Dr. Shadreka McIntosh, a fifth-generation Fort Myers native, grew up in a part of town that never has had a Publix, a CVS or a Walgreen’s pharmacy.
McIntosh, a pharmacist, decided to help fill the void.
Sozo Wellness Pharmacy opened in July at 3510 Dr. Martin Luther King Jr. Blvd., in Veronica Shoemaker Plaza. It’s about 2.4 miles from there to the nearest CVS, 2.4 miles to the nearest Walgreen’s and 2.5 miles to the nearest Publix.
Since none of the big chains have chosen to build stores in the communities known as Dunbar, McIntosh sprang into action.
Any time a low-income, low-vehicle community lies more than half a mile from the closest pharmacy, it can be considered a “pharmacy desert,” according to Dima Qato, a professor of pharmacy at the University of Southern California. She coined the term in 2014 while teaching at the University of Chicago.
“When you don’t have that access, you tend to have a lot of gaps in medical care,” McIntosh said, “which can tend to lead to ER visits and hospital admissions. That’s something that as a community, we don’t want that to happen, to increase that burden on the system here in our area.”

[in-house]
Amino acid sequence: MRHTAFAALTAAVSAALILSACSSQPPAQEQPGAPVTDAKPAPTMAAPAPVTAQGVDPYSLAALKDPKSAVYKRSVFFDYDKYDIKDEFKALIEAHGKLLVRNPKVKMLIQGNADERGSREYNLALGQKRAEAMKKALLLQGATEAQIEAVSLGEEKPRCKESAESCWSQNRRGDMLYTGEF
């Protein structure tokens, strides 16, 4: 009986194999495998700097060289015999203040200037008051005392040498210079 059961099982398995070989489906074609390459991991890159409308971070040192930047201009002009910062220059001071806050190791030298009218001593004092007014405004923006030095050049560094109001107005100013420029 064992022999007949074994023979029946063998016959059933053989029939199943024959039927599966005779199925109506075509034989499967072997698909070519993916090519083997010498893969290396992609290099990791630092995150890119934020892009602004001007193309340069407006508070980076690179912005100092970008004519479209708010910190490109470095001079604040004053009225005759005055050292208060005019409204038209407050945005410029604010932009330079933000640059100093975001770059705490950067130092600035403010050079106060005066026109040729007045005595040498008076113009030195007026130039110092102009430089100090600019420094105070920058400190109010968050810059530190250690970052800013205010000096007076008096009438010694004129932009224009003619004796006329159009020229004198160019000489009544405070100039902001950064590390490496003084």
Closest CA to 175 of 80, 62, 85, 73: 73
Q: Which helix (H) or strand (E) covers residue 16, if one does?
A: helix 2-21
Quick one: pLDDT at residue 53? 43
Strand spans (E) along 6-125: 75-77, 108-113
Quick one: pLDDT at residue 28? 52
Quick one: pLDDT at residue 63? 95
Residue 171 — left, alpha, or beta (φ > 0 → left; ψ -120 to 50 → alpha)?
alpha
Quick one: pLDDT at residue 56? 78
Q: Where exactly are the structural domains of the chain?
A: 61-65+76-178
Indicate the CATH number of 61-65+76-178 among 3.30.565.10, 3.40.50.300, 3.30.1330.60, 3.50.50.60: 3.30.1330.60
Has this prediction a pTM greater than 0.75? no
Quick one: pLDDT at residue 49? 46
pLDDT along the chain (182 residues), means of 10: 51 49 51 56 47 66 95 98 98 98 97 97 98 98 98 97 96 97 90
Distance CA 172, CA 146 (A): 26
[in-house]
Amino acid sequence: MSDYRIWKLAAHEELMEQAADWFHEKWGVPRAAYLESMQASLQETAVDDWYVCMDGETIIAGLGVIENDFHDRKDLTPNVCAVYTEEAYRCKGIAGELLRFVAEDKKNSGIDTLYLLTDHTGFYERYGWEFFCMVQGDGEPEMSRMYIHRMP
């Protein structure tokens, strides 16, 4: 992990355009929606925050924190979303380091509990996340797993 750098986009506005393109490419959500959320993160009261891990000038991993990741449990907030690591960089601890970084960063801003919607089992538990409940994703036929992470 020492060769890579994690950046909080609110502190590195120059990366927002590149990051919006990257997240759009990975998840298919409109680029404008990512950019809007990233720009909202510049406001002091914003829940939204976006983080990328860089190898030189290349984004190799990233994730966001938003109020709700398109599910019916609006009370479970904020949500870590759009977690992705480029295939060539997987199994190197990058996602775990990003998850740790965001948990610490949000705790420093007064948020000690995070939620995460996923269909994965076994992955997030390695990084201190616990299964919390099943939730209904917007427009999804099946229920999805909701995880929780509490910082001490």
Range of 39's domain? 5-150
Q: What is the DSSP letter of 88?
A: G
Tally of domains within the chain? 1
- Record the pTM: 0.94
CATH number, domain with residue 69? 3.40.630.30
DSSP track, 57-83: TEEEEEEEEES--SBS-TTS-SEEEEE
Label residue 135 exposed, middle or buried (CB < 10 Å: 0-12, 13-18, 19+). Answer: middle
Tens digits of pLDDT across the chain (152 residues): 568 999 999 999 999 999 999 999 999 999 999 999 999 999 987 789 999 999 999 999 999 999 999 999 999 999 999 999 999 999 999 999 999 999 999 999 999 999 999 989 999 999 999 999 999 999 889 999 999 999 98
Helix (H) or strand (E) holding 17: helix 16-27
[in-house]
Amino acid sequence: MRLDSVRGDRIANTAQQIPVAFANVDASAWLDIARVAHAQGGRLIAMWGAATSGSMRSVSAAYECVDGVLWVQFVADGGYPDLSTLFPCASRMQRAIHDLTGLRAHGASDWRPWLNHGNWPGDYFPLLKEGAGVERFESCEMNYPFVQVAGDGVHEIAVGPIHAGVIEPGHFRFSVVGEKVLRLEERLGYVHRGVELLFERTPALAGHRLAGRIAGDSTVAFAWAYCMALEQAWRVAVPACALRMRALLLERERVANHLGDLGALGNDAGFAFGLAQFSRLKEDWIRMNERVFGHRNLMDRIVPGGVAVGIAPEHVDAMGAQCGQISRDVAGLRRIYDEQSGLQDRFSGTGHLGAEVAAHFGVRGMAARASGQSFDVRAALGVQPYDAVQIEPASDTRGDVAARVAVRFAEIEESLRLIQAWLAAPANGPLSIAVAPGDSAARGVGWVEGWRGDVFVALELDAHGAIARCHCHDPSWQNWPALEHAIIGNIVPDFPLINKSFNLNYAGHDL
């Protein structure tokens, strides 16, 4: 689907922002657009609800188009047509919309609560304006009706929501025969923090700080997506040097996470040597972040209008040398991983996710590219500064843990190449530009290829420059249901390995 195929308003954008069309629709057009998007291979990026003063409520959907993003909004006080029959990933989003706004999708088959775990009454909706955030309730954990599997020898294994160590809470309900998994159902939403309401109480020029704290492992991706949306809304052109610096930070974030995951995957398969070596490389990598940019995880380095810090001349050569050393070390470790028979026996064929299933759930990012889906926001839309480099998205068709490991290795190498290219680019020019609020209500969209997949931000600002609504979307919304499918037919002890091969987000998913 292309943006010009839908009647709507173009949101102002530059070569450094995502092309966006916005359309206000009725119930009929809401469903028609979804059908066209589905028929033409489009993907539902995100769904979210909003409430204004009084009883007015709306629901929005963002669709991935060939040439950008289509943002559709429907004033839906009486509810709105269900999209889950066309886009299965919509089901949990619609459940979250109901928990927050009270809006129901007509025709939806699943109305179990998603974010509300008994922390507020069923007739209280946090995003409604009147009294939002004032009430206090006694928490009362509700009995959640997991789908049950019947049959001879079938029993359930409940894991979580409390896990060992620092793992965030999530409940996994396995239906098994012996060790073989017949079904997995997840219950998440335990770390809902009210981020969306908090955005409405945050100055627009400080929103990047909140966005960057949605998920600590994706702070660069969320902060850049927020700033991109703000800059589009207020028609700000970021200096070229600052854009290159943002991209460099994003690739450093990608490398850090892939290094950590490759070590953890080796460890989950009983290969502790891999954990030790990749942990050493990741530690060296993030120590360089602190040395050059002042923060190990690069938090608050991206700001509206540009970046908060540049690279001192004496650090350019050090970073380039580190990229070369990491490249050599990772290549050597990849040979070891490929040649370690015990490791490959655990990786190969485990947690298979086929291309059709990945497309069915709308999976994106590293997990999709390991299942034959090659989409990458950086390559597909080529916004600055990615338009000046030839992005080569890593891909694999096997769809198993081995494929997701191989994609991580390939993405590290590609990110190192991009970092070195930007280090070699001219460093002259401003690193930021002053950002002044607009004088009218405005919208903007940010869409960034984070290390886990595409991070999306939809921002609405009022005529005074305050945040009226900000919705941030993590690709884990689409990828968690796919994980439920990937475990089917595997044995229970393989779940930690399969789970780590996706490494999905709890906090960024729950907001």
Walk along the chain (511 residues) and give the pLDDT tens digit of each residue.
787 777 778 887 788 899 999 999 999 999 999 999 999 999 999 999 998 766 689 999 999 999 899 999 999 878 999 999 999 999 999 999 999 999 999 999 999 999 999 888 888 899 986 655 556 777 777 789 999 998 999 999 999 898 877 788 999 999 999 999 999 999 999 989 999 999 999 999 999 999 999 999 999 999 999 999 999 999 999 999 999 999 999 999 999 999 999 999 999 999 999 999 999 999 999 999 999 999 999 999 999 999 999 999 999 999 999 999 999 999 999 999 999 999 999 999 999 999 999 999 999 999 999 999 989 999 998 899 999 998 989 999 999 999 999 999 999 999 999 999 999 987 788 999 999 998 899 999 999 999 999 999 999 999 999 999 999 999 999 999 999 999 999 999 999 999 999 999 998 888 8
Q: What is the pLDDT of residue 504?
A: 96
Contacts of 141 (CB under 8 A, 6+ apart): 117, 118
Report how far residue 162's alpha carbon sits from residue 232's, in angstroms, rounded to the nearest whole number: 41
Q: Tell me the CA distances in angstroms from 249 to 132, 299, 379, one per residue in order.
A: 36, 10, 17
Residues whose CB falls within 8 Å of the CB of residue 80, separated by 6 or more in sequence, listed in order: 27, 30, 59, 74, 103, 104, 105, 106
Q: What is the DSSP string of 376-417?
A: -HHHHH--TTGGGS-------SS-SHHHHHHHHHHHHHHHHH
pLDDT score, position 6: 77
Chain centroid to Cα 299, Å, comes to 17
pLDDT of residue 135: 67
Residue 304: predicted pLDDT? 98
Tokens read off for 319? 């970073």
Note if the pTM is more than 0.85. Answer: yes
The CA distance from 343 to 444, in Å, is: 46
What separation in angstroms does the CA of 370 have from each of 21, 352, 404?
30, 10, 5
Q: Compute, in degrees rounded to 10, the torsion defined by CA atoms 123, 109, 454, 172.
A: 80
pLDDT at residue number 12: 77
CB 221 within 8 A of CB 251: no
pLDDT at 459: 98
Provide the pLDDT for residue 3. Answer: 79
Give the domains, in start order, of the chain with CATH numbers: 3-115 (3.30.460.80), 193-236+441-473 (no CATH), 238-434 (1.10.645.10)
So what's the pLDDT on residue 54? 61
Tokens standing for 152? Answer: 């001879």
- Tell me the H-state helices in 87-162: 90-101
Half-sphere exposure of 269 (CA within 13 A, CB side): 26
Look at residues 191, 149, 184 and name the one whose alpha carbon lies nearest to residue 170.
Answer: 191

McIntosh and her supporters finally found the time to celebrate the grand opening with a ribbon-cutting ceremony Wednesday afternoon. She received a $270,000 from a revolving loan fund from the Collaboratory of Fort Myers, Catalyst Community Capital. As the loan is repaid, it will continue to avail loan funding for businesses that may not be able to receive funding from larger banks.
McIntosh named it “Sozo,” a word with biblical roots. Translated from Greek, it means “save or saved; to make whole or healed.”
Since July, Sozo has vaccinated more than 700 Fort Myers residents.
“It’s really surreal,” McIntosh said. “It’s been a lot of hard work to get to this point. It’s just great to pause and look back on how much we’ve accomplished in getting open and actually take some time to celebrate that accomplishment.”